Right now we’re transitioning out of the MD-80 fleet, an older aircraft type. They hold 166 passengers. They don’t have great takeoff performance, among other things. They don’t like hot temperatures, and they don’t like short runways. They don’t like [high] altitudes so we’ve had to figure out which routes to fly those on where we can still use the plane well but don’t have to take a fuel stop or reduce the number of passengers that we can allow onboard because of weight.
Skift: Are there places you’d like to send the MD80s because of the seat count, but can’t because of performance issues?
Schilling-Gonzales: Yeah. Las Vegas in the summer. We’ve got very long runways but it’s several thousand feet up and it gets hot. In the middle of the day, we know we can’t send 166 passengers on that aircraft out to anywhere more than a couple hundred miles away. We either have to change our schedule to fit that or we have to change the aircraft type to fit that.
Skift: And the newer A319s and A320s handle heat and altitude without problems?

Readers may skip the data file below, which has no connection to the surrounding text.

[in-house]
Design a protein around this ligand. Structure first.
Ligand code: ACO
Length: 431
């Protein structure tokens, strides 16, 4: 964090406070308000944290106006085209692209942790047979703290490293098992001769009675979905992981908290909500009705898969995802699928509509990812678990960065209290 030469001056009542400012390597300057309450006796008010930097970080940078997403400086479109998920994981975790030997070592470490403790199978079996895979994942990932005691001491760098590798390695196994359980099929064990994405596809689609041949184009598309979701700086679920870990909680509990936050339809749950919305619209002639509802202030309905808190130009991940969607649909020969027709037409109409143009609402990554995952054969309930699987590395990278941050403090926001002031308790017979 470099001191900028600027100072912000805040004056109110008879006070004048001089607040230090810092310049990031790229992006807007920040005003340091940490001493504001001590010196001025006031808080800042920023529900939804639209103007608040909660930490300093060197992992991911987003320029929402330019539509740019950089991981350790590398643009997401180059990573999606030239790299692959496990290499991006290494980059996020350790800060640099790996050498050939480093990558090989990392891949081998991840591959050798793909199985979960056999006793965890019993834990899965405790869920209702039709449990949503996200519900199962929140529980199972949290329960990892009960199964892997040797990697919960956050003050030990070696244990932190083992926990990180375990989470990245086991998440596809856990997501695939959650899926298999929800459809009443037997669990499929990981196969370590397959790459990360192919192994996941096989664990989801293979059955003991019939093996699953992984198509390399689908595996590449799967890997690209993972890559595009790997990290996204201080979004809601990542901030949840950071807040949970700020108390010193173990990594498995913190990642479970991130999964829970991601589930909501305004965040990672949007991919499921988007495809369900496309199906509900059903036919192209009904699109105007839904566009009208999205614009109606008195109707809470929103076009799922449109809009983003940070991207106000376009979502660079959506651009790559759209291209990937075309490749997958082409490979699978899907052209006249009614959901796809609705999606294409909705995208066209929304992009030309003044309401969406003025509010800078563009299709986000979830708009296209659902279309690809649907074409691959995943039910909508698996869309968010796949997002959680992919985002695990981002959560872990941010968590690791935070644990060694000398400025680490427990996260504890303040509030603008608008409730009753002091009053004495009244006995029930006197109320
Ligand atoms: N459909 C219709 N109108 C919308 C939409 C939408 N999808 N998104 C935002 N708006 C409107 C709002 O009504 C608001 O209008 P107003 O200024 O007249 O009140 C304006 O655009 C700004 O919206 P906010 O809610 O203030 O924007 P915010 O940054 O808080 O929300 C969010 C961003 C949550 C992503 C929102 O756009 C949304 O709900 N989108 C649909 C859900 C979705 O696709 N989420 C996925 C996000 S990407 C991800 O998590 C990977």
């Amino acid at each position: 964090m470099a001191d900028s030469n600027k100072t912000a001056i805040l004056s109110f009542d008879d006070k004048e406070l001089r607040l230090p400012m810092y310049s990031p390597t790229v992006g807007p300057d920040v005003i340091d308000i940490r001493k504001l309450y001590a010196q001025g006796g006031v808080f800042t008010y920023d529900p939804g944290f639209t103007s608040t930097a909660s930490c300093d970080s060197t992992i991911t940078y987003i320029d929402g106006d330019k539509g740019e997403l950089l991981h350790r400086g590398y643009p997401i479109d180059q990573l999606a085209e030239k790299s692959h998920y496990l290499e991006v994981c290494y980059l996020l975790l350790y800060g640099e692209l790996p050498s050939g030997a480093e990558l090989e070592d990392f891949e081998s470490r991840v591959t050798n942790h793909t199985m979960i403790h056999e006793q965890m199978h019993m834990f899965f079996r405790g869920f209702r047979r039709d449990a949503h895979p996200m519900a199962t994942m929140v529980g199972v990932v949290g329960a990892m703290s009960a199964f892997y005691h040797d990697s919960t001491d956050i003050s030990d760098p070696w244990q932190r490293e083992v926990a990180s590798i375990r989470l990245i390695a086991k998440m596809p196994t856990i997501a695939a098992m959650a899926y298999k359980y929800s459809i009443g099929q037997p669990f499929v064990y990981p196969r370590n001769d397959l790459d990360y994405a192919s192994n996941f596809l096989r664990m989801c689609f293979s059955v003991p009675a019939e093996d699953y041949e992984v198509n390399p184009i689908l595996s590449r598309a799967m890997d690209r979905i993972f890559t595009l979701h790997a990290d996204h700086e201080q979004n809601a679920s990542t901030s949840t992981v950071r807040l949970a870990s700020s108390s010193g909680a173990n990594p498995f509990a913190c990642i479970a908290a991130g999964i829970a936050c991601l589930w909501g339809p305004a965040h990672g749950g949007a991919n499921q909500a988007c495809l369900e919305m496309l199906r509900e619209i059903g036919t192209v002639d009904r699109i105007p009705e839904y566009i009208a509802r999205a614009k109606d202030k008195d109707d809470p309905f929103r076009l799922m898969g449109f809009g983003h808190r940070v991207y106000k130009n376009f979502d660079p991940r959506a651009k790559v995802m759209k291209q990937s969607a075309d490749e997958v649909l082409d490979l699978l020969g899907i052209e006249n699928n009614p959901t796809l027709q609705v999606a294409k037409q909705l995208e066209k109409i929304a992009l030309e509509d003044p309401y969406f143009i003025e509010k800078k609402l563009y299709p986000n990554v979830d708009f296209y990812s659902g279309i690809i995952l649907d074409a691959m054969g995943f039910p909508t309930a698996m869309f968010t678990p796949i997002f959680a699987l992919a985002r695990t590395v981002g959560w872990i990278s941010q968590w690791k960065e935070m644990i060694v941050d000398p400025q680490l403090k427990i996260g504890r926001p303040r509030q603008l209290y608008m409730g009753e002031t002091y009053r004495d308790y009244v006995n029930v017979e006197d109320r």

Schilling-Gonzales: Yes. That’s why one of the many reasons that we’ve been transitioning into an Airbus fleet. We’ve got A319s and A320s and they hold anywhere from 156 passengers up to 186. We’re excited looking at the future because it gives us the opportunity to do more almost on-demand dispatching. [Now] we extend the schedule six to nine months in advance [and say, ] this is the aircraft it’s going to be forever. [In the future,] we can change it a lot closer in to a given flight.
Our 319s have 156 seats, and the 320s have 186. If it’s a really peak weekend for a certain city, it might make sense to throw the extra seats on it that weekend versus a different weekend. Because the seat maps are so similar, it doesn’t have quite as big of an impact on the customer.
Skift: Earlier this year, for the first time ever, Allegiant added new planes. They’re Airbus A320s, and they should be more efficient than the used A320s already in the fleet. They can probably fly farther, too. Do you use the new ones on special routes?
Schilling-Gonzales: We ordered 12 new from the factory. I joke that they still have that new aircraft smell. It changes some of the things we can do but it doesn’t really drastically change our network. We’re still looking at unserved and underserved routes but it gives us an improvement in reliability.
Some of it is the new builds are overwater-equipped so that allows us to run some routes out to San Juan, Puerto Rico from the East Coast. Some of the older aircraft don’t have that ability. The MD-80s certainly were a very limited fleet that could not have done those missions. So it’s extended some things a bit but it hasn’t changed our core business model as much as some people might say.
Skift: The new planes can fly from coast-to-coast of the United States. But you don’t fly any transcontinental routes. Why not?